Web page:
Your cat's coughing, but there's no need to freak out. Cat litter, particularly dusty clumping variates, can kick-start coughing fits or drive another cough-inducing health issue into high gear. Switching litter brands or types may help. If your cat keeps coughing, something else could be wrong. See a vet.
When your cat cat coughs, something's irritating or has inflamed his trachea or bronchial tree. A lot of coughing can be a symptom of serious health issues. Anything other than an occasional cough merits a trip to the vet.
The cause may be mechanical -- your cat could've simply inhaled something, and dusty litter is a likely culprit -- but it could also be medical. Allergies, asthma, heartworm, roundworm, lungworm, cardiomyopathy, nasopharyngeal polyps, chronic bronchitis, bordetella and fungal infections are all possible causes. Even in these cases, though, litter can make your cat cough.
If your cat's having trouble breathing -- the medical term is dyspnoea -- a speedy diagnosis is especially important.
When Litter Isn't the Issue
This may sound odd, but make sure your cat's cough is really a cough.
Retching, gagging and vomiting, for instance, all look like coughing. Watch where your cat goes after coughing and you may discover he's hacking up hairballs. You just happened to catch him start the process near the litter box.
Also, make sure your cat's cough isn't just a normal cough.
Cats sometimes get air or food in the wrong pipes and needs to need to clear their throats, just like people. It could just be coincidence you're spotting him coughing by the litter box.
If you've eliminated those possibilities and your cat's clearly coughing in or by his litter box, the litter's probably part of the problem.
When Litter Is the Issue
Cats naturally bury their waste, which is why you've got a litter box indoors -- preferably one for each cat, plus one.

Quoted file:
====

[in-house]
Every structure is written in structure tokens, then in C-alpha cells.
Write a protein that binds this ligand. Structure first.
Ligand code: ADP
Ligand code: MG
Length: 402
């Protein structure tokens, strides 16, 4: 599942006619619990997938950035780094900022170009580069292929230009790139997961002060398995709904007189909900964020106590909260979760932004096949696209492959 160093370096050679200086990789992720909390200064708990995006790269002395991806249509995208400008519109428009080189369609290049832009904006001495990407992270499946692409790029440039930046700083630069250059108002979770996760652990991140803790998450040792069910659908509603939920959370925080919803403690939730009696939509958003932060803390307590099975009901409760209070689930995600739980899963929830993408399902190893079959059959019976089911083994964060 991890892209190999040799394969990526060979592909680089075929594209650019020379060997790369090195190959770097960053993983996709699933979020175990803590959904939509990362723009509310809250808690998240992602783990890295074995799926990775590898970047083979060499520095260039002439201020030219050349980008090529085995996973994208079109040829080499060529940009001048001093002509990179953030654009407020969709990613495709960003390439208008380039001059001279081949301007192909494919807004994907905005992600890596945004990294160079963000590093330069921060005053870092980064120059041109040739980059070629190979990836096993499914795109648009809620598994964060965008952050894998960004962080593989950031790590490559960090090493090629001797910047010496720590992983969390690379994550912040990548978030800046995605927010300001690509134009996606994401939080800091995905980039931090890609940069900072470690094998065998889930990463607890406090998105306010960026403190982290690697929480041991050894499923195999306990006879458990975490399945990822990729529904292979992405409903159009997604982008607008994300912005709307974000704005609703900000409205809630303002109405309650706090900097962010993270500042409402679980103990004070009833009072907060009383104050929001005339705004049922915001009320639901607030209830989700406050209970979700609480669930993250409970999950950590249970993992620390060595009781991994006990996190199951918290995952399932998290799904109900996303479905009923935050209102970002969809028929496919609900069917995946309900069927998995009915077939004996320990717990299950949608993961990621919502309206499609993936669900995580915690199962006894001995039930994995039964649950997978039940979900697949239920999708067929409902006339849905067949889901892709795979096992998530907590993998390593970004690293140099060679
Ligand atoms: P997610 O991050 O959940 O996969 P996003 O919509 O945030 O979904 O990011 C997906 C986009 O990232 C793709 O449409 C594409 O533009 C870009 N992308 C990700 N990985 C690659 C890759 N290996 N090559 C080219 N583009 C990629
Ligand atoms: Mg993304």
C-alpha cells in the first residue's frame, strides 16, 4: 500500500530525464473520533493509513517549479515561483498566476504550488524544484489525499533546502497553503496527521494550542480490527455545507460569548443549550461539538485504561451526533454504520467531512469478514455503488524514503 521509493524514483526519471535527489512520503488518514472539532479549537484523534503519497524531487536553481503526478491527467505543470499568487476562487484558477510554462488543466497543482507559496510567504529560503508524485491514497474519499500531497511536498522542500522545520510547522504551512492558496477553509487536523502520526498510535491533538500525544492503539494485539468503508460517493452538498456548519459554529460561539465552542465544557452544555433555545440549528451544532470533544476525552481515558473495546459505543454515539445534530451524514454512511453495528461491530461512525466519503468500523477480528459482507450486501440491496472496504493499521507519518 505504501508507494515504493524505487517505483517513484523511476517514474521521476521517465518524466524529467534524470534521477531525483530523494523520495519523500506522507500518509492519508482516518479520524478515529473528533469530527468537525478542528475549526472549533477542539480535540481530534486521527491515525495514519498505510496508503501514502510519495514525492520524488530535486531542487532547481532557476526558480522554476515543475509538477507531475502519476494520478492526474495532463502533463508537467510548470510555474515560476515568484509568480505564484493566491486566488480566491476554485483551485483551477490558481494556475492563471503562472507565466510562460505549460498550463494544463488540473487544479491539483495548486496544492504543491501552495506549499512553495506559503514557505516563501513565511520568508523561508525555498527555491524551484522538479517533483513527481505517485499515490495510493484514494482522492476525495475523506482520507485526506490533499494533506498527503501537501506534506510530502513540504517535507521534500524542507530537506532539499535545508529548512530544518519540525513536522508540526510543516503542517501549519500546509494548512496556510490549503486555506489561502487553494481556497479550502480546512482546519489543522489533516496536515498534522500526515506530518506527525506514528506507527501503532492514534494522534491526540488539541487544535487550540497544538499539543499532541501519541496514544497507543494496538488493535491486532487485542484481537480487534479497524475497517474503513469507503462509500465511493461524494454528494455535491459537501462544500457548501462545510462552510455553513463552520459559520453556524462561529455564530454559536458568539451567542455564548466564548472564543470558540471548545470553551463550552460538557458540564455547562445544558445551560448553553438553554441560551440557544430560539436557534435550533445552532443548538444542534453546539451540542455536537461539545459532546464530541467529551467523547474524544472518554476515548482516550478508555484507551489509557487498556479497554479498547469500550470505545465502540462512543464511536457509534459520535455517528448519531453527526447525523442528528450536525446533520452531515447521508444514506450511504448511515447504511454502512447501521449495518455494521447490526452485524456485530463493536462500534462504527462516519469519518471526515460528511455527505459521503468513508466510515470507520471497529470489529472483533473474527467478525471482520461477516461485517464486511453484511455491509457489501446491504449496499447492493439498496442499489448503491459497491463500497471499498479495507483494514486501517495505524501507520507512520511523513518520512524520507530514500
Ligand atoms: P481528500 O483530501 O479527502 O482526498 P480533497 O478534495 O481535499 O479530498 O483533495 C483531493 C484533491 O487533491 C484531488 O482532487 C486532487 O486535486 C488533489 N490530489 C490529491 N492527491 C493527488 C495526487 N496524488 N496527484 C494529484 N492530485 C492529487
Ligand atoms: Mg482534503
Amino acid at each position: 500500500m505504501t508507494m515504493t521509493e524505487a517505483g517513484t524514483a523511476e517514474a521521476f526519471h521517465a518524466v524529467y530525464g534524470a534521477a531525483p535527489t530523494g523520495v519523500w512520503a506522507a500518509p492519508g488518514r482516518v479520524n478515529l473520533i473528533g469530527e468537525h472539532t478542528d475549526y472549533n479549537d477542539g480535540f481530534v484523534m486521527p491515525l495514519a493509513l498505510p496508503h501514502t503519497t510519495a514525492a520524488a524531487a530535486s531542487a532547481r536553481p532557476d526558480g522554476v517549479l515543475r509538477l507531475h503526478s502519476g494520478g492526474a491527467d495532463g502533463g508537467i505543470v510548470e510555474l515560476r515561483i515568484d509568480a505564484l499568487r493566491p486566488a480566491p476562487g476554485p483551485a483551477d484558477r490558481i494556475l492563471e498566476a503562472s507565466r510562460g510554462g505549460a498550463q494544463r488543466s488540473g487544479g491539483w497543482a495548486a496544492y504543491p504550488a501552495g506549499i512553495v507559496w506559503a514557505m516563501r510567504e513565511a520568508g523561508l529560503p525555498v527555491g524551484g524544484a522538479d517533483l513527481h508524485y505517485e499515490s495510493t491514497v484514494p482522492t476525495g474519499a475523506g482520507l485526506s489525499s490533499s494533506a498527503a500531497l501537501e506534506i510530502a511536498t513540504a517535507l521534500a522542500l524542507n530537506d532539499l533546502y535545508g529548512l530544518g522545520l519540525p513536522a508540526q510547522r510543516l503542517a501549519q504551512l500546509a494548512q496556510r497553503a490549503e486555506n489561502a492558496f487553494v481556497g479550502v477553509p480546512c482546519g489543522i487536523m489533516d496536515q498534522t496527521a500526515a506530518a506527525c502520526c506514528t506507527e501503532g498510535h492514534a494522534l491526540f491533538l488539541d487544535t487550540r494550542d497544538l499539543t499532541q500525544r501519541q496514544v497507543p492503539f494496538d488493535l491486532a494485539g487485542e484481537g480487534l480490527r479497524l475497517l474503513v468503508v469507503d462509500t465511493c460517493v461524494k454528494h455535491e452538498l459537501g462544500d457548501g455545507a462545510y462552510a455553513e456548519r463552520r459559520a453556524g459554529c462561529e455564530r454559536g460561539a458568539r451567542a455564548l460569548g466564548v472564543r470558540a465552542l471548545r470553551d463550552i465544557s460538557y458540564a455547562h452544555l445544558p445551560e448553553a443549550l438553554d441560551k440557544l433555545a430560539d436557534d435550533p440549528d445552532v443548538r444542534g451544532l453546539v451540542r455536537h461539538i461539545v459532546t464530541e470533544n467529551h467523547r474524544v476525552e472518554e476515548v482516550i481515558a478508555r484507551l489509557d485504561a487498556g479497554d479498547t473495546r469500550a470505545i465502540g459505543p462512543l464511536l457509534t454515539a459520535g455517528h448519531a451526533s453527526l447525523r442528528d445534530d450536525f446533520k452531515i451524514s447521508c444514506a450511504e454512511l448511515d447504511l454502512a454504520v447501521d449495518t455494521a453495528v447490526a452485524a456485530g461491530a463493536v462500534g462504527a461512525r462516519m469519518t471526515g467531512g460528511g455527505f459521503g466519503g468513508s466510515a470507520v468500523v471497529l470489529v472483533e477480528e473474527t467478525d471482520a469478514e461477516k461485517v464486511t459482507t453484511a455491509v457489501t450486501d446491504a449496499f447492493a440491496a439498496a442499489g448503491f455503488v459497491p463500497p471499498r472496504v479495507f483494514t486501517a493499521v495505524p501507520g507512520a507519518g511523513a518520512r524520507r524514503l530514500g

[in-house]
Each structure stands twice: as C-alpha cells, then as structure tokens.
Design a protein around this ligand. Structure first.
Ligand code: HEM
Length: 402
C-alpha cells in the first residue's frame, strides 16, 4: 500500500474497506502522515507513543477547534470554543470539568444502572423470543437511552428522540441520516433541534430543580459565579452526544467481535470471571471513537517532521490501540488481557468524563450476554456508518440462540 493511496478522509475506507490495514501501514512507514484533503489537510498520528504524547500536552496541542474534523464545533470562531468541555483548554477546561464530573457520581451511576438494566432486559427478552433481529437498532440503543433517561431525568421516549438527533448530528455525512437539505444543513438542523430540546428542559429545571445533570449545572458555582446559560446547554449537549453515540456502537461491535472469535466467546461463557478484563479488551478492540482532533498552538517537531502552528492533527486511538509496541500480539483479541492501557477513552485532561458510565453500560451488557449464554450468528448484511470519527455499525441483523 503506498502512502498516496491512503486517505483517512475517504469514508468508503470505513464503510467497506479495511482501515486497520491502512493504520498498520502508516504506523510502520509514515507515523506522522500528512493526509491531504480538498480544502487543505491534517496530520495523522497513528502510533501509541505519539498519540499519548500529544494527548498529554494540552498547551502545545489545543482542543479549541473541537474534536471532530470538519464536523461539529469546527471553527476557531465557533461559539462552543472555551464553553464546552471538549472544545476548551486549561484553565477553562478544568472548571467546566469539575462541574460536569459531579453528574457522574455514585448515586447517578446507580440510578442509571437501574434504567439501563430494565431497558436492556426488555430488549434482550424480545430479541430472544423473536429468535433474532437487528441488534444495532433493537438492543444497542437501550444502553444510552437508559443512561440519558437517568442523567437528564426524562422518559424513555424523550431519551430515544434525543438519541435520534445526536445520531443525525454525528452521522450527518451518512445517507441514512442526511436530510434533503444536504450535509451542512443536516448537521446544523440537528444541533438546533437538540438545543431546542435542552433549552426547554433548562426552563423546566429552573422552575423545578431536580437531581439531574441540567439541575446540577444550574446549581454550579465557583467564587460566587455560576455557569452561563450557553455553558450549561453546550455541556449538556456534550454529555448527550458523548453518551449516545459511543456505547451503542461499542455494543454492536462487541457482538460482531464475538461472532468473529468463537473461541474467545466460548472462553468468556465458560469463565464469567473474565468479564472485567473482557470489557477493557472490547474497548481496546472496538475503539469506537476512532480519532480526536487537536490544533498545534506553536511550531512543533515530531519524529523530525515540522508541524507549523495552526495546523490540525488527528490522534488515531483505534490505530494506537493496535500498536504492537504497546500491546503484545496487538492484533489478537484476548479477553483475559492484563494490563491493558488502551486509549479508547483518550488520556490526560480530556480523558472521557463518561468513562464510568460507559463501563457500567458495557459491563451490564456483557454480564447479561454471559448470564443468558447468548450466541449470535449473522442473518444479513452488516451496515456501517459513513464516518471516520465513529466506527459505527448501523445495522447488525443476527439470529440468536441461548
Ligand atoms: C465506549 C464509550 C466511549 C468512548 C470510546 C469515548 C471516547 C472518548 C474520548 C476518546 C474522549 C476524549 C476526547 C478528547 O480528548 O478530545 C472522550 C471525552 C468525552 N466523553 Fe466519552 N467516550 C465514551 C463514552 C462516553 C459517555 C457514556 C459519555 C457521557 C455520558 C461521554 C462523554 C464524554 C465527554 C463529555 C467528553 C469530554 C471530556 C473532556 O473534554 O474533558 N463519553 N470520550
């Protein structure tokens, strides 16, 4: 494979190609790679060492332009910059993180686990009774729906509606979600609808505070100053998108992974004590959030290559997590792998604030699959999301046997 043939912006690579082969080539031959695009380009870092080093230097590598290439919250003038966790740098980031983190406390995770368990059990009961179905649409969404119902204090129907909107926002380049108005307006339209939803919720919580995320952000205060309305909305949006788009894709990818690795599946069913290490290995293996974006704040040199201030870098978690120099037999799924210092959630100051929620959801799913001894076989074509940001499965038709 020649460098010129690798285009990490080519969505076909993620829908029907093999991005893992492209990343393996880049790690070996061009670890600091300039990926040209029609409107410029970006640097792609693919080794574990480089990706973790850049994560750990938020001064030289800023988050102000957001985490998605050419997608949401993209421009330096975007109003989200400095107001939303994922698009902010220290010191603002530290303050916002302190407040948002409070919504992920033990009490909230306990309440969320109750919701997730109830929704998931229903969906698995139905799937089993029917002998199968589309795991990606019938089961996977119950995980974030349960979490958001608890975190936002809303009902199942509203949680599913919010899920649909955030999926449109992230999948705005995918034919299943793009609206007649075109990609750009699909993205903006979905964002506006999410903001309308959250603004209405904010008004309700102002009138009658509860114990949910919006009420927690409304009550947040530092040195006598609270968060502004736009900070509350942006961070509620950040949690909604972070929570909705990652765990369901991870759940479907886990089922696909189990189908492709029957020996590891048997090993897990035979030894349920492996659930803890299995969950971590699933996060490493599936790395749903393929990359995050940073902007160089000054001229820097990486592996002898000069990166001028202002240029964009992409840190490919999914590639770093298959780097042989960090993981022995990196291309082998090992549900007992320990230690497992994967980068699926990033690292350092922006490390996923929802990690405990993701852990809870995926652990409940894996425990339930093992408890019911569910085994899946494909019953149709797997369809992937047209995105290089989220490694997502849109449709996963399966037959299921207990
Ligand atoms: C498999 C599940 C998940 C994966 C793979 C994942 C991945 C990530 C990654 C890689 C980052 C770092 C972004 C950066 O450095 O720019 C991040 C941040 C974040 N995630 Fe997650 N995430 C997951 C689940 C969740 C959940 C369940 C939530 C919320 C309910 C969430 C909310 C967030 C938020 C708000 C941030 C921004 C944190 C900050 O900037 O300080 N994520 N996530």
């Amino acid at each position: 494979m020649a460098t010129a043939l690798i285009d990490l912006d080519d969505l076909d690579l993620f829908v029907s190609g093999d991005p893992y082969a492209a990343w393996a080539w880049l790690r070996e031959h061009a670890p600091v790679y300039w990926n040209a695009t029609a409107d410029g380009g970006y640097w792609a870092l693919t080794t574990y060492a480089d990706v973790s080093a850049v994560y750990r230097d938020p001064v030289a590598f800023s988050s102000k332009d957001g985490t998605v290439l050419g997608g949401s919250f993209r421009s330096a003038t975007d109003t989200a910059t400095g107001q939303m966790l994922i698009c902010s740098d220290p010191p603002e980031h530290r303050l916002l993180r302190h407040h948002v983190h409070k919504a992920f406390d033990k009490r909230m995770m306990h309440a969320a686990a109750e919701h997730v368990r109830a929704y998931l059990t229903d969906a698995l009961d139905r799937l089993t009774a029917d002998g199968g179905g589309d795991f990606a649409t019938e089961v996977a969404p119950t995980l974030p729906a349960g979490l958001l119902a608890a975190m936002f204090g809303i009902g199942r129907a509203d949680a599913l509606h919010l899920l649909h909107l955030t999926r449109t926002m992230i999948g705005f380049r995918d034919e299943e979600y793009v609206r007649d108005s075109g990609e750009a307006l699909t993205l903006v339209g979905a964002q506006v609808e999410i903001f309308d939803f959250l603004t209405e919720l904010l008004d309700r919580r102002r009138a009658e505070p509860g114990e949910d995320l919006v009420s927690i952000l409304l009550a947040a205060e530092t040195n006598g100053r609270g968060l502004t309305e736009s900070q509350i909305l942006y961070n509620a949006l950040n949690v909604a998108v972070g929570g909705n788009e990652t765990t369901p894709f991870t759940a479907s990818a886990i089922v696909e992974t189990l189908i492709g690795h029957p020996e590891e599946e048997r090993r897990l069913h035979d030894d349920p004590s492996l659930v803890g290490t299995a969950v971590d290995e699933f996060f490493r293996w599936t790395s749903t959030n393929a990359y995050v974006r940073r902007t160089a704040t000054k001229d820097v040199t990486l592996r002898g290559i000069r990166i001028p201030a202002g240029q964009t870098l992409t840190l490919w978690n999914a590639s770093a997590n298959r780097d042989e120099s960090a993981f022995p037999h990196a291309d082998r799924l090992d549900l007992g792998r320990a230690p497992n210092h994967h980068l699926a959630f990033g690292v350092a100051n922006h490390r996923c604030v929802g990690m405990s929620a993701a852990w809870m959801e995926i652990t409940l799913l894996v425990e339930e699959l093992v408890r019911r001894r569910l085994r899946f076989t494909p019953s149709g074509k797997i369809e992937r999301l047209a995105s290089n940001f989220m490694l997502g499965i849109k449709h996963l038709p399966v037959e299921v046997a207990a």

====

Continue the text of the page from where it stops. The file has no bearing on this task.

While your cat's digging around in his walk-in toilet, he may be stirring up loose particles that get caught in his throat that make him cough or sneeze.
If your litter is causing problems, try a different variety. If your cat is especially finicky, you may have to mix the new litter in with the old litter for a few days.
Research shows most cats prefer finer, unscented litters, according to the Humane Society of the United States. Dust varies by material, brand and even batch. Some cats are especially sensitive and allergic to particular products, but the exact allergens are a matter of debate.
When Litter Triggers Other Issues
Once you fix your cat's litter, he may cough less but continue coughing nonetheless. It could be that whatever's wrong with him makes him more cough-prone and you've addressed just a symptom, not the disease. Schedule a vet appointment.
One common diagnosis is a respiratory infection, which is essentially a cold. Your cat will cough, he'll sneeze, he'll have a runny nose, and he might seem a little off. It's treatable.
Some conditions, like chronic asthma and bronchitis, are hard to tell apart, even with medical testing, and difficult to address. They're manageable, though. A range of diseases have a range of possible outcomes, too, so cross your fingers. You might never know why your cat's coughing, but you can address litter issues and make it easier on him.
Always check with your veterinarian before changing your pet’s diet, medication, or physical activity routines. This information is not a substitute for a vet’s opinion.
- Washington State University College of Veterinary Medicine: The Coughing Pet
- Danièlle Gunn-Moore: Chronic Coughing in Cats Part I -- Causes
- VetInfo: Coughing in Cats
- The Ohio State University Indoor Pet Initiative: Litter Boxes
- Washington State University College of Veterinary Medicine: Kitty Litter Preferences
- CatInfo.org: The Litter Box From Your Cat's Point of View
- The Humane Society of the United States: Preventing Littler Box Problems